Electronics Protection - Fall 2014 - (Page 6)
Build Reliable Circuits Faster by Discovering the
"Dirty Little Secrets" of ESD Protection Device Specifications
Chad Marak, Director of Technical Marketing and TVS Diode
Array Product Line, Littelfuse, Inc.
Without sufficient protection, electronic devices have always
been susceptible to damage from electrostatic discharge (ESD)
or other overvoltage events. Today, unfortunately, these products
have even less tolerance for DC voltages higher than 3.3 V, so an
ESD pulse can prove catastrophic. A variety of factors contribute
to this reduced voltage tolerance, including the smaller manufacturing geometries of today's most advanced ICs. The level of
on-chip protection has also declined. However, perhaps the most
significant factor is the enormous popularity of mobile devices like
ultrabooks, tablets, smartphones, mp3 players, digital cameras, etc.
Their mobile nature means they are used "on the go" in uncontrolled and potentially static-filled environments, with only the
on-board circuit protection to safeguard them from an unexpected zap. Ensuring the longevity of these devices demands careful
location and selection of appropriate ESD protection devices on
the printed circuit board (PCB).
An ESD protection device's main purpose is to provide the lowest resistance shunt path to ground during an overvoltage event
or transient. Proper PCB layout/trace routing is critical to using
ESD protection devices effectively. Even the most ideal protection
solution can be rendered useless if the proper layout techniques
aren't used. Perhaps the most common type of location error
among new circuit designers is placing the ESD protection device
"wherever it fits" on the board on the bus or data line to be protected, rather than taking the time to reorganize the board layout
to allow placement of the device right at the port that's subject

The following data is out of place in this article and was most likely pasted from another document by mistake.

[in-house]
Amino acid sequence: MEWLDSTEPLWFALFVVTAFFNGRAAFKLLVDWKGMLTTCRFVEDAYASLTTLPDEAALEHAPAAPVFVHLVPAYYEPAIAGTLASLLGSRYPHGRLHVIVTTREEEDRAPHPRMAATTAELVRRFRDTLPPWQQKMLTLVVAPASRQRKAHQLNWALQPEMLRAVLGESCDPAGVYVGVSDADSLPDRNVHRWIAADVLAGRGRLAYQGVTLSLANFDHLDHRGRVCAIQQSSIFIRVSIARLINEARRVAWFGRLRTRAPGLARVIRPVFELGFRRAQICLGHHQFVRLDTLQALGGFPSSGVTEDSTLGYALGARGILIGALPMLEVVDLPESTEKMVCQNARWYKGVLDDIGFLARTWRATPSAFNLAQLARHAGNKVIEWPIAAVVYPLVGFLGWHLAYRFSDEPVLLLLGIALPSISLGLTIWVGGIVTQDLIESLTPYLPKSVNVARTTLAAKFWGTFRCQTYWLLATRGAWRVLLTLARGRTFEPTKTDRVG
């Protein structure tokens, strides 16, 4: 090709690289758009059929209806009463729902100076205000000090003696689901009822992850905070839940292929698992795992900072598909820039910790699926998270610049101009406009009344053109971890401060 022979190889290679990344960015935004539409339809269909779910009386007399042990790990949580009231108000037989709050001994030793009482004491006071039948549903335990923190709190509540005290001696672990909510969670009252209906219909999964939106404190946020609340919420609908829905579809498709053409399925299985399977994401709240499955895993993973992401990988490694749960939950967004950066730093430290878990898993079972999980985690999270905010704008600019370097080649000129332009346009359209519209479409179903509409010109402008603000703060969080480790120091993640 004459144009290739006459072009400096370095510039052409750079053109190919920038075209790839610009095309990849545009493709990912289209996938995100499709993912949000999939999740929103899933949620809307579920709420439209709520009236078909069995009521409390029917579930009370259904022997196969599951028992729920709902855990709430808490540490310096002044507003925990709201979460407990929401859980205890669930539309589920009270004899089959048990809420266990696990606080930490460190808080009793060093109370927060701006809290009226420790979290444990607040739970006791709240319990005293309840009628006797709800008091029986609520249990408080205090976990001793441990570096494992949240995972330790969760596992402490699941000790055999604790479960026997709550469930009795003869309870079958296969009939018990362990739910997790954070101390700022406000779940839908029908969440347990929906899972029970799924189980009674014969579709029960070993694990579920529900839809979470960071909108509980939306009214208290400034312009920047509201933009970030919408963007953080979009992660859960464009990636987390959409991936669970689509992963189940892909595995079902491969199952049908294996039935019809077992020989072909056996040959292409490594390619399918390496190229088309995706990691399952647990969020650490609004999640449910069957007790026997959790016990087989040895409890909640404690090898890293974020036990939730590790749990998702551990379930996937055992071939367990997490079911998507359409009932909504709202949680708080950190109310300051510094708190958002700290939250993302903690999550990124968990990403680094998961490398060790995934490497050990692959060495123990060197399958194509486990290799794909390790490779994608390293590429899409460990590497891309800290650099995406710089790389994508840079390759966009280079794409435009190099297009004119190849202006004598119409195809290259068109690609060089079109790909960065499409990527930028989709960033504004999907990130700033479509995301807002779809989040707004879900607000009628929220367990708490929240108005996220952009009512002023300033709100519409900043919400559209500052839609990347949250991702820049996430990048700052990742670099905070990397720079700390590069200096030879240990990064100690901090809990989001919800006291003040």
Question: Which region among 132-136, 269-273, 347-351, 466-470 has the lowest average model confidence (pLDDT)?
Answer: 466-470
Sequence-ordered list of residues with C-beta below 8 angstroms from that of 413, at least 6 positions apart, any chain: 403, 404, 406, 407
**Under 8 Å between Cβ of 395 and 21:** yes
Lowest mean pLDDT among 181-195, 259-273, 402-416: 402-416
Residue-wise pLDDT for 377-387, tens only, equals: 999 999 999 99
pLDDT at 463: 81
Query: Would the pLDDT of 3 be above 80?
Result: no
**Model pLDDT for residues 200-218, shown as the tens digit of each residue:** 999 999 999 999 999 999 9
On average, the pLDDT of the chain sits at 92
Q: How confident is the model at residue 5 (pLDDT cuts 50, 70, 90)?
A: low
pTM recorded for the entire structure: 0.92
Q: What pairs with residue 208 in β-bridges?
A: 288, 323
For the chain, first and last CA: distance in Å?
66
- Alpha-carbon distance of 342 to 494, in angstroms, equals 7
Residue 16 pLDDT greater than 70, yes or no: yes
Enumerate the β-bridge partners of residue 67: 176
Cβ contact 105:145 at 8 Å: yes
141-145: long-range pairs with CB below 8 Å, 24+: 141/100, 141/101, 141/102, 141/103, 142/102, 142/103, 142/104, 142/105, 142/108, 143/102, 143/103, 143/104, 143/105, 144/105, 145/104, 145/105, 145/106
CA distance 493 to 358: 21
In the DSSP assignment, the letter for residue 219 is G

to ESD or electrical overstress condition. The selected device
should be placed as close to the connector or button/switch being
protected as is practicable. This will ensure that the ESD transient
is clamped as soon as it enters the circuit. Also, the device should
be installed as close as possible to the data/signal line as possible,
avoiding stub traces if feasible. This will eliminate the potential
for an inductive overshoot that would result in a voltage spike
that could damage the circuitry.1 Obviously, however, choosing the
right device is just as important as creating the optimum layout.
Even though the specifications for the several of the same type
of ESD device from different manufacturers may seem to indicate
that they offer equivalent performance, it's not always safe to
assume that they all provide the same degree of protection. Take
the extra time necessary to review all specifications thoroughly,
including all the associated footnotes, before deciding that a
device is appropriate for a specific ESD protection application.
That includes both the lists of electrical parameters and the plots
outlining device performance. For example, in some vendors' data
sheets, the plots illustrating a device's "clamping voltage" that
show an ESD waveform often don't provide information that's particularly relevant to the concerns of circuit or hardware designers.
In some cases, the clamping voltage of these devices is specified
using ESD pulse levels far lower than the industry standard of 8
kV (such as 2 kV, 4 kV or 6 kV). Although the resulting waveform
plot, or clamping voltage, may leave the reader with a positive